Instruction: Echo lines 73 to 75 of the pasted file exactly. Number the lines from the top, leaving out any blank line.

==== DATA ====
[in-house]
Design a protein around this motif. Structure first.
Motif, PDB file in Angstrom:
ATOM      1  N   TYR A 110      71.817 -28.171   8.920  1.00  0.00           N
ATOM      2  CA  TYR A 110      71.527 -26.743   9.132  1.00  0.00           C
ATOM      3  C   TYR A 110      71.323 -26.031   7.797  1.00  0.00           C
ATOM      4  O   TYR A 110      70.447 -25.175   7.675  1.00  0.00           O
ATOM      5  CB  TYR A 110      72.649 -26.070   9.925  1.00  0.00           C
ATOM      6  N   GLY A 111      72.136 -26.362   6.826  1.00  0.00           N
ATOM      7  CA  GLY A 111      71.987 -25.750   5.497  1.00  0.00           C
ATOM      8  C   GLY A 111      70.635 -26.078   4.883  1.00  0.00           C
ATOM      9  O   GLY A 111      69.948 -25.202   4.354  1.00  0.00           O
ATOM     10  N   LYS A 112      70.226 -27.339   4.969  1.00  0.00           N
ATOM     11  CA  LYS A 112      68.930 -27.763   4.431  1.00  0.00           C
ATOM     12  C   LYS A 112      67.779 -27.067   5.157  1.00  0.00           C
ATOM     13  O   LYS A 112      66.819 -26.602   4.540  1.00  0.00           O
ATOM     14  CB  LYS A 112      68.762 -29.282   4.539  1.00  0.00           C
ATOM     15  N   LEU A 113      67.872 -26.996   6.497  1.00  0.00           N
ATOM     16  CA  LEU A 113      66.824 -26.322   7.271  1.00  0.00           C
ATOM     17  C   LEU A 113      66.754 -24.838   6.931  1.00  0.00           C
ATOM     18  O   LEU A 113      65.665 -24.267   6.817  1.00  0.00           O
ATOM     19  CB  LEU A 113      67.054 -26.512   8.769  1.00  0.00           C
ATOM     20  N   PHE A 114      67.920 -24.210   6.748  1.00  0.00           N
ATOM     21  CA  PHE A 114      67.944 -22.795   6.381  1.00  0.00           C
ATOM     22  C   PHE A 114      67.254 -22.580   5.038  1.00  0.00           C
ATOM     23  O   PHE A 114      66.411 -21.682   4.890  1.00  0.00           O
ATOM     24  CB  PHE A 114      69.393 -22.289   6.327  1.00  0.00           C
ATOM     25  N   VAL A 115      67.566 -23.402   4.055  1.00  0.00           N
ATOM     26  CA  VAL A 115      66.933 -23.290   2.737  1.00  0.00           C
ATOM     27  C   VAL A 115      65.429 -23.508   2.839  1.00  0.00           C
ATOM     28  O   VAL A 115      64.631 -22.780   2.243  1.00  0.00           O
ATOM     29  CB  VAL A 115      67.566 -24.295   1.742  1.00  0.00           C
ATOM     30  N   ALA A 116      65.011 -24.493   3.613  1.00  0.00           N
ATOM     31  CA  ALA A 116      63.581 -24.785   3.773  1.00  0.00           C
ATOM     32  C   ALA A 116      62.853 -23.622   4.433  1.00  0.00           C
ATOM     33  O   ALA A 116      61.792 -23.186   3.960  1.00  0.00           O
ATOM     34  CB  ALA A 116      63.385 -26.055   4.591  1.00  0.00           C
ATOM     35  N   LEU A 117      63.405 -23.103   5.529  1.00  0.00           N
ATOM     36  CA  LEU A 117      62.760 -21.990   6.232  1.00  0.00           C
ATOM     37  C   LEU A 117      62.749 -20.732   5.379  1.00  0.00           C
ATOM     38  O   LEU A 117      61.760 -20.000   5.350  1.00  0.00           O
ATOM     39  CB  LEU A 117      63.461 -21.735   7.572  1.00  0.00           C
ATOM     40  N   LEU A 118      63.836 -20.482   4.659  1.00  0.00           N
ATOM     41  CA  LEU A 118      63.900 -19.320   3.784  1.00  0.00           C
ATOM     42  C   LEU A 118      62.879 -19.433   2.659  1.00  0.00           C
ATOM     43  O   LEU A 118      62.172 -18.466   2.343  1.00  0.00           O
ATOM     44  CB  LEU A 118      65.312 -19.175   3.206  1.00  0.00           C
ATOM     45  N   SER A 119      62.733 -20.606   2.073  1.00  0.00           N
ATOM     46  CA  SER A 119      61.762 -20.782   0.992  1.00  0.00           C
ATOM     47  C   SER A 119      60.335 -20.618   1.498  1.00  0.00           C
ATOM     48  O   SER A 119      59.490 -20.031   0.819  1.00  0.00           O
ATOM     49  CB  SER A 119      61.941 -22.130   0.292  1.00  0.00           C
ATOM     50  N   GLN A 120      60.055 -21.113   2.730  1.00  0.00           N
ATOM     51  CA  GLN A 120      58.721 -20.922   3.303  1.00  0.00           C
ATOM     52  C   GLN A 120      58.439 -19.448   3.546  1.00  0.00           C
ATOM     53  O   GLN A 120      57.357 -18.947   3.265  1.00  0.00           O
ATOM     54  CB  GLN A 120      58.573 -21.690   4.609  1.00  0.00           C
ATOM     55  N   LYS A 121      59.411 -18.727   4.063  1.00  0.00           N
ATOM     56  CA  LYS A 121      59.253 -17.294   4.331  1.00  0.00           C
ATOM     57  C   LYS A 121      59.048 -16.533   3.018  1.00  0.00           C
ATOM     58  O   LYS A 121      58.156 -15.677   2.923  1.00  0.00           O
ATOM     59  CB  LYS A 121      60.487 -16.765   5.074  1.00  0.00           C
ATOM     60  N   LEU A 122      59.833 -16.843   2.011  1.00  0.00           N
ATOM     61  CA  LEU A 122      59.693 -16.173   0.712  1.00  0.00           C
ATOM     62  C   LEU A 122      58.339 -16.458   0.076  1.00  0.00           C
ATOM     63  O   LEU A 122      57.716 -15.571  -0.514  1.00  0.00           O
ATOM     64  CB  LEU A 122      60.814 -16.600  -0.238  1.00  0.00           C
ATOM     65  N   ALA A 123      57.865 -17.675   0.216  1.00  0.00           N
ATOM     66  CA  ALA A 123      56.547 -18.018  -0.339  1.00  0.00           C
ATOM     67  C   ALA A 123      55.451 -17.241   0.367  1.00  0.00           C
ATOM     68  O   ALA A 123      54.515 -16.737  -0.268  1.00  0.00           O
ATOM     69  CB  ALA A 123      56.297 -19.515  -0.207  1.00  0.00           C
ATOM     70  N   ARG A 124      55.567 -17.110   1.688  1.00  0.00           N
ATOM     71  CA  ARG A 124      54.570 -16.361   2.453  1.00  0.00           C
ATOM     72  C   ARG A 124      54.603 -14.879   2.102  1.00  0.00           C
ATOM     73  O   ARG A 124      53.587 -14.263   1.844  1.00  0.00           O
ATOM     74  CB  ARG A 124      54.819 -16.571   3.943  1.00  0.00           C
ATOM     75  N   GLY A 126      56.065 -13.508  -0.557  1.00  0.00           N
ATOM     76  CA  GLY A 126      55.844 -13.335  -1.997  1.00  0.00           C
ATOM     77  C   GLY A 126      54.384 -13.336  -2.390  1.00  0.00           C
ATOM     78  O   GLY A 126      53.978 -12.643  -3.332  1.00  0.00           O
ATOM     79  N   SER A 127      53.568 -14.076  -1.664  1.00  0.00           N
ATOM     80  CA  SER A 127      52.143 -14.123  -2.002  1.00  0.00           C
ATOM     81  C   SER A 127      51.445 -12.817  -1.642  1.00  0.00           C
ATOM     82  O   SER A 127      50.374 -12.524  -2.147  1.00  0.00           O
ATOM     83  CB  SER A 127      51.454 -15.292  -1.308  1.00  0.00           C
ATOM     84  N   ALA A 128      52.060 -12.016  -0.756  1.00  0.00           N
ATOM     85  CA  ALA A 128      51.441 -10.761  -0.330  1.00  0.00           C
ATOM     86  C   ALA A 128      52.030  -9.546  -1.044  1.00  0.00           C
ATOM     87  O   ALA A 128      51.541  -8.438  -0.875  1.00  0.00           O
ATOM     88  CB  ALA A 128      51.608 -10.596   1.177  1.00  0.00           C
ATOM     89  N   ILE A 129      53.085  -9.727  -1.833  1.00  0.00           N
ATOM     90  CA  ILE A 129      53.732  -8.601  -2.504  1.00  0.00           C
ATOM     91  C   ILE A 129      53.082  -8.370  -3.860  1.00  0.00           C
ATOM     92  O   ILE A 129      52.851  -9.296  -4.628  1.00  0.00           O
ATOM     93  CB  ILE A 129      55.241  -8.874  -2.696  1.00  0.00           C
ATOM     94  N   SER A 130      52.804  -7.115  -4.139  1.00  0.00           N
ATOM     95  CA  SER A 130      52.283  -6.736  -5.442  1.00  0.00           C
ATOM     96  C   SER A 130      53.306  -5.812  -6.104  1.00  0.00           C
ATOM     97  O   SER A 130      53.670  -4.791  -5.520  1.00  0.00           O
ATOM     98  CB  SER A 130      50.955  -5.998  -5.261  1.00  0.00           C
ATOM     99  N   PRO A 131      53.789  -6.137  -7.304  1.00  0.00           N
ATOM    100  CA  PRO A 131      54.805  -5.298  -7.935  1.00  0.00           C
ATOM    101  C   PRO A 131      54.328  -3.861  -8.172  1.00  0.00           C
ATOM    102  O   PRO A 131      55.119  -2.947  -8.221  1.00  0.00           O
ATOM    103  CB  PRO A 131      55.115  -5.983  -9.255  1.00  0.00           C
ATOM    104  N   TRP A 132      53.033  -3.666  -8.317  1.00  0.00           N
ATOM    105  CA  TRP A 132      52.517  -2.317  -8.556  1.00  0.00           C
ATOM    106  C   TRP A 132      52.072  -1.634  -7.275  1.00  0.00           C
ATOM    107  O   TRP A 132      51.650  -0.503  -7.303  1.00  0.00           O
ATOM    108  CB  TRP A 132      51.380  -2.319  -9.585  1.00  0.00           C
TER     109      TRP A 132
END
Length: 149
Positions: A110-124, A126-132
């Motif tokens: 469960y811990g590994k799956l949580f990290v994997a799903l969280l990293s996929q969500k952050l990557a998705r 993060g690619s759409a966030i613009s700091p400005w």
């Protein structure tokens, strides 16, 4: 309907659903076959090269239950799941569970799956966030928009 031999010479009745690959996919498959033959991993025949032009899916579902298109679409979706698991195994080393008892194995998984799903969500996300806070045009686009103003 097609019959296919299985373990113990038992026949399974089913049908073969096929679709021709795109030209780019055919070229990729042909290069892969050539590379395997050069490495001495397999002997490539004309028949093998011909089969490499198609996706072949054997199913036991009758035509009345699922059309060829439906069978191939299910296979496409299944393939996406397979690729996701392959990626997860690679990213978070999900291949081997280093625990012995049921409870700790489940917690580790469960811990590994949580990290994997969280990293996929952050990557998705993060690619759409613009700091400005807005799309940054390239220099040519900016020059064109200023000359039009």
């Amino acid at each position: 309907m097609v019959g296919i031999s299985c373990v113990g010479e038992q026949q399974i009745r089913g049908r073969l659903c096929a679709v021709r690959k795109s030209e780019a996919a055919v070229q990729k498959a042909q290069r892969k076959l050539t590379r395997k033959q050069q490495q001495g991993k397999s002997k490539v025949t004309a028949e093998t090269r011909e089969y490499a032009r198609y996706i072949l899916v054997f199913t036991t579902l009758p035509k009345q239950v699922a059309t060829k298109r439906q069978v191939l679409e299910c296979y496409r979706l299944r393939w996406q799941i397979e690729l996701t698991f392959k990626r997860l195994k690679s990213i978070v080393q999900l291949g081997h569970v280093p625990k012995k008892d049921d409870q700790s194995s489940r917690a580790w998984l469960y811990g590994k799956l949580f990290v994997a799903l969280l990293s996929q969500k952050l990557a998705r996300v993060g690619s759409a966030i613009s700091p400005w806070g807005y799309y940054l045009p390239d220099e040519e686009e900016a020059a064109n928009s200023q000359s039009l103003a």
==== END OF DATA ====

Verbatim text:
ATOM     70  N   ARG A 124      55.567 -17.110   1.688  1.00  0.00           N
ATOM     71  CA  ARG A 124      54.570 -16.361   2.453  1.00  0.00           C
ATOM     72  C   ARG A 124      54.603 -14.879   2.102  1.00  0.00           C